Rejecting an offer from Real Madrid, Mitten returned to Britain only to find he had been frozen out by the FA selectors. But, though spurned by England, Mitten had still achieved the unlikely record of being capped by three different countries - Scotland, England and Colombia. When Manchester United also cold-shouldered their errant star, he joined unfashionable Fulham and, in a brilliant swansong between 1952 and '56, inspired a glorious young forward line-up that included the late Johnny Haynes. Mitten then went into management, first at Mansfield and eventually at Newcastle, but his attempts to introduce a more skilful approach to the game and his warnings of an impending soccer hurricane from the South American continent were largely ignored. At the time of his death in 2002, he believed England were still paying the price.
Published: 1 Dec 2005
After his last blag, Ged Brennan's had enough. He sees young kids making big money. Ged wants some of that for himself but there's no way he's getting involved in clubs, drugs and topless bars. So when he's offered the clubland empire of an executed gangster, he passes the parcel to his sex-addicted cousin Moby. Mistake.
After Ratter's death, his common law widow, Margo, is told that her landmark project, a media village, is to be taken away from her. Mistake.
The council's regeneration committee headhunt Ged Brennan to steer the final stages of Margo's development. He's read with righteous horror the bold new plans to create a 'permissive' zone in clubland. The last thing on his mind is that it'll be anything to do with him. Mistake.
The result is an intrigue of Machiavellian proportions, with friends and relatives plotting against each other and ready to fight - to the death - for what's theirs.
Three brothers run away from home to live like Robin Hood and his merry men, deep in the forest of Brendon Chase. They make their camp in an ancient oak tree and live like outlaws, loving the dangers and excitements of their wild surroundings.
Their aim is never to be caught - but how can they avoid all the people who are searching for them, including the police?
Restlessly vital and possessed of great physical strength, José Beyaert lived many lives. During the Second World War, he boxed and trafficked arms for the Resistance on his bicycle. After it, he became an international cyclist. In 1948, a mile from the end of the Olympic road race around Windsor Park, he broke away alone to take the gold medal and started an adventure that would last the rest of his life.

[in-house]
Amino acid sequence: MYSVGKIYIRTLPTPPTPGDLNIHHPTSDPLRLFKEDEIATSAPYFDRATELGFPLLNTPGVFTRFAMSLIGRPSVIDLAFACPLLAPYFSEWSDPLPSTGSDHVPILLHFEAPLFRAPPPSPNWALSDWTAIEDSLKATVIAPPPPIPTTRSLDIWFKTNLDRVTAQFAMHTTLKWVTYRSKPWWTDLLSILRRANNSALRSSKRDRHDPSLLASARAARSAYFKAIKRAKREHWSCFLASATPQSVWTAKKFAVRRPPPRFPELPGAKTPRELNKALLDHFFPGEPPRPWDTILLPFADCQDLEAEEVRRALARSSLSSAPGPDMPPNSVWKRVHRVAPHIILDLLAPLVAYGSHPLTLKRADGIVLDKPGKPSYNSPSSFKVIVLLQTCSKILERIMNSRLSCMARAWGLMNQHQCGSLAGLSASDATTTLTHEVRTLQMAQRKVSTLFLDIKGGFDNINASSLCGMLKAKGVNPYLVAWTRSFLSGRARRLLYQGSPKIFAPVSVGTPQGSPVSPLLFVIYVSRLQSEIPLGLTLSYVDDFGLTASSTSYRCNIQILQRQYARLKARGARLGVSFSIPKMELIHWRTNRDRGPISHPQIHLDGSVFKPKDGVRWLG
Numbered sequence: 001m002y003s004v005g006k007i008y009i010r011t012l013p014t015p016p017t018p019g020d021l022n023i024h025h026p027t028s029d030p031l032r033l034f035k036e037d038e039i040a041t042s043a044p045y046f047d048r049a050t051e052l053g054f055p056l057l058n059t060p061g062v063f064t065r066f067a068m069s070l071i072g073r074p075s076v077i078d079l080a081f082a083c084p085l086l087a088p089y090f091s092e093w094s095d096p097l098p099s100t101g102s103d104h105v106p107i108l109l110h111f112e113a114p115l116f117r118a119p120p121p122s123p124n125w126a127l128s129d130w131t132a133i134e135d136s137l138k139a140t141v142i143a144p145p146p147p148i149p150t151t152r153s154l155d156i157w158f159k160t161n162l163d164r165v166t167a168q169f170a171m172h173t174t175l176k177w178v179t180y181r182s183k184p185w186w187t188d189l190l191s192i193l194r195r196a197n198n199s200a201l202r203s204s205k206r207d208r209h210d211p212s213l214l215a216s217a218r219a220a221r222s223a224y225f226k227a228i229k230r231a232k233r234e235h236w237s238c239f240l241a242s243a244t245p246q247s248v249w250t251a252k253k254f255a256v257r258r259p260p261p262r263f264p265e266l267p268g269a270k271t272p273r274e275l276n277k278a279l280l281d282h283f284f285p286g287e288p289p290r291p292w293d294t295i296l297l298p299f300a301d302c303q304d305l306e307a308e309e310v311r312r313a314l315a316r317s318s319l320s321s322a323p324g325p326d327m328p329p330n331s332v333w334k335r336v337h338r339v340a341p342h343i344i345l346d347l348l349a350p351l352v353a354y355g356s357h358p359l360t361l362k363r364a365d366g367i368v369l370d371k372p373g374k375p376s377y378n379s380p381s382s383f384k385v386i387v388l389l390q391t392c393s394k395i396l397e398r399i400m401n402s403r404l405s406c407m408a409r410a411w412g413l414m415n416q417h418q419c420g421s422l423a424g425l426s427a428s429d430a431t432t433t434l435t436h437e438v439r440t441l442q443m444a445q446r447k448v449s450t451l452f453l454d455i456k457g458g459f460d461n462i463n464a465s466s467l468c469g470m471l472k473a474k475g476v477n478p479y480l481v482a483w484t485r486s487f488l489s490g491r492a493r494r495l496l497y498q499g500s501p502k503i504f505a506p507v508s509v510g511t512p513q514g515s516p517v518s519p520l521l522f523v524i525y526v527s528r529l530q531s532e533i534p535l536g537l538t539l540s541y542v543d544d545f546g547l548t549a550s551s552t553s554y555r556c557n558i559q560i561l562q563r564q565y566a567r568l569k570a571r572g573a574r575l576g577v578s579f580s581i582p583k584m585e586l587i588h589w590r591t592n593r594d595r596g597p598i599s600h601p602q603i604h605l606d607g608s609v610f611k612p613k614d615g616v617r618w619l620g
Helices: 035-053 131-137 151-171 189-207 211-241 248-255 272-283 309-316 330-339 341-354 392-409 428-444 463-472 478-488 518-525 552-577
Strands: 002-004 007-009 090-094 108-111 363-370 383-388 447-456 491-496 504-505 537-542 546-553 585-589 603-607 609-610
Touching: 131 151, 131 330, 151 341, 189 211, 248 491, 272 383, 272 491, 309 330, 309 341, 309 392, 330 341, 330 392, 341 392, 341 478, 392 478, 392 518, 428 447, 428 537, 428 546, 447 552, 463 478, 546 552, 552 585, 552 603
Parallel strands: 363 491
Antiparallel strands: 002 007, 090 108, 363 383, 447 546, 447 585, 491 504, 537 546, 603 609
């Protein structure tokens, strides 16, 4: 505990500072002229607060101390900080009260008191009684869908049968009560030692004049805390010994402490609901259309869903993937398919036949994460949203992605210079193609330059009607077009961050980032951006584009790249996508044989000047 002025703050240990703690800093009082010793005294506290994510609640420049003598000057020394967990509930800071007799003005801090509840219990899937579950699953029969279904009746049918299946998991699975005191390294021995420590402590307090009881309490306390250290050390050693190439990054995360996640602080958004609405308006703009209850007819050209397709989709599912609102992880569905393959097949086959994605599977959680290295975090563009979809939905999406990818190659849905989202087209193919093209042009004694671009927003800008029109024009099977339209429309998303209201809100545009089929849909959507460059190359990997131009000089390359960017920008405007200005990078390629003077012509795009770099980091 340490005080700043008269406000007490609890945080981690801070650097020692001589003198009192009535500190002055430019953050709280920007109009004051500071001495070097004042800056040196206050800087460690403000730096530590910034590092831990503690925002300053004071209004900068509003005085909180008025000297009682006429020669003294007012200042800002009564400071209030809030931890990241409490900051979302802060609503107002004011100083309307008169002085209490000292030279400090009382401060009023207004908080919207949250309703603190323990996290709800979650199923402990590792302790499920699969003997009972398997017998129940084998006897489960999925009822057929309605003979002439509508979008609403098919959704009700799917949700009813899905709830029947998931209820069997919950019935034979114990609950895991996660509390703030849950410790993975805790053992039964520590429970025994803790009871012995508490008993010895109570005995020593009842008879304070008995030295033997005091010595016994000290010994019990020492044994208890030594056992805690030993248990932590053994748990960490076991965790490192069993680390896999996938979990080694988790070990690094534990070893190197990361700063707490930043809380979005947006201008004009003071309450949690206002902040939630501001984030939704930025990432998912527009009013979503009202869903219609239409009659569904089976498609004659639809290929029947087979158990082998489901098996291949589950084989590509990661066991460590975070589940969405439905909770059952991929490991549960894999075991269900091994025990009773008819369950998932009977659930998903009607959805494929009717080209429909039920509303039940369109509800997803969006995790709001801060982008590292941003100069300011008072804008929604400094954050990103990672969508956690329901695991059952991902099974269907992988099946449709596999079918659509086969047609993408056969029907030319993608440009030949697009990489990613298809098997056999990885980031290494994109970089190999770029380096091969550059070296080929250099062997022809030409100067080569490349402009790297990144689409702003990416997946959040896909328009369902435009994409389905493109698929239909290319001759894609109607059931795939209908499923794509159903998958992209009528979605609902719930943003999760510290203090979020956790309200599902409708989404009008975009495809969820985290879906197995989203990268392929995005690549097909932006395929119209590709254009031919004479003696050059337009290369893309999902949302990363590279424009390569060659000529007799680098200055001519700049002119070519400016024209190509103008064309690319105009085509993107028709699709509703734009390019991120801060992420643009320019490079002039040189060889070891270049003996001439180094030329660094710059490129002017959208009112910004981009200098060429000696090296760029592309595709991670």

A Tour de France rider in the sport's golden age, José was invited to open a new velodrome in Colombia, South America. He travelled, intending to stay a month. Instead, driven by his thirst for adventure, he stayed for fifty years, becoming by turns athlete, coach, businessman, emerald-trader, logger, smuggler, perhaps even hired killer.
Matt Rendell, who knew José Beyaert and met many of his family, friends and associates, tells the fascinating story of an almost-forgotten sporting hero who, incapable of living by other people's rules, lived his many lives on his own terms.
Roger Lancelyn Green (Author) , Arthur Hall (Illustrator) , John Boyne (Introducer)
The classic story of social justice and outrageous cunning.
Robin Hood, champion of the poor and oppressed, stands against the cruel power of Prince John and the brutal Sheriff of Nottingham. Taking refuge in the vast Sherwood Forest with his band of men, he remains determined to outwit his enemies.
With an introduction by bestselling author John Boyne, and including child-friendly endnotes.
Love him or loathe him, Ned Kelly has been at the heart of Australian culture and identity since he and his Gang were tracked down in bushland by the Victorian police and came out fighting, dressed in bulletproof iron armour made from farmers’ ploughs.
Historians still disagree over virtually every aspect of the eldest Kelly boy’s brushes with the law. Did he or did he not shoot Constable Fitzpatrick at their family home? Was he a lawless thug or a noble Robin Hood, a remorseless killer or a crusader against oppression and discrimination? Was he even a political revolutionary, an Australian republican channelling the spirit of Eureka?
Peter FitzSimons, bestselling chronicler of many of the great defining moments and people of Australian history, is the perfect person to tell this most iconic of all Australian stories. From Kelly’s early days in Beveridge, Victoria, in the mid-1800s, to the Felons Apprehension Act, which made it possible for anyone to shoot the Kelly Gang, to Ned’s appearance in his now-famous armour, prompting the shocked and bewildered police to exclaim ‘He is the devil!’ and ‘He is the bunyip!’. FitzSimons brings the history of Ned Kelly and his Gang exuberantly to life, weighing in on all the myths, legends and controversies generated by this compelling and divisive Irish-Australian rebel.
It's 1979 and in Birkenhead smack and Maggie Thatcher are still less of an issue than Lois jeans and Adidas Forest Hills training shoes. for Paul Carty, 19, and his mystical, Joy Division-loving mate Elvis, life revolves around The Pack, a mob of violent Tranmere Rovers supporters. Carty and Elvis travel the Northern wastelands, always by train, causing mayhem in the 'woollyback' strongholds of Halifax, Crewe and Chesterfield.
For most of the mob, The Pack is their reason for living. But Elvis, who loves Ezra Pound, and Carty, still getting over the death of his mother, are starting to get bored of it all. The question is: will the Pack let them go? And can they get by without each other?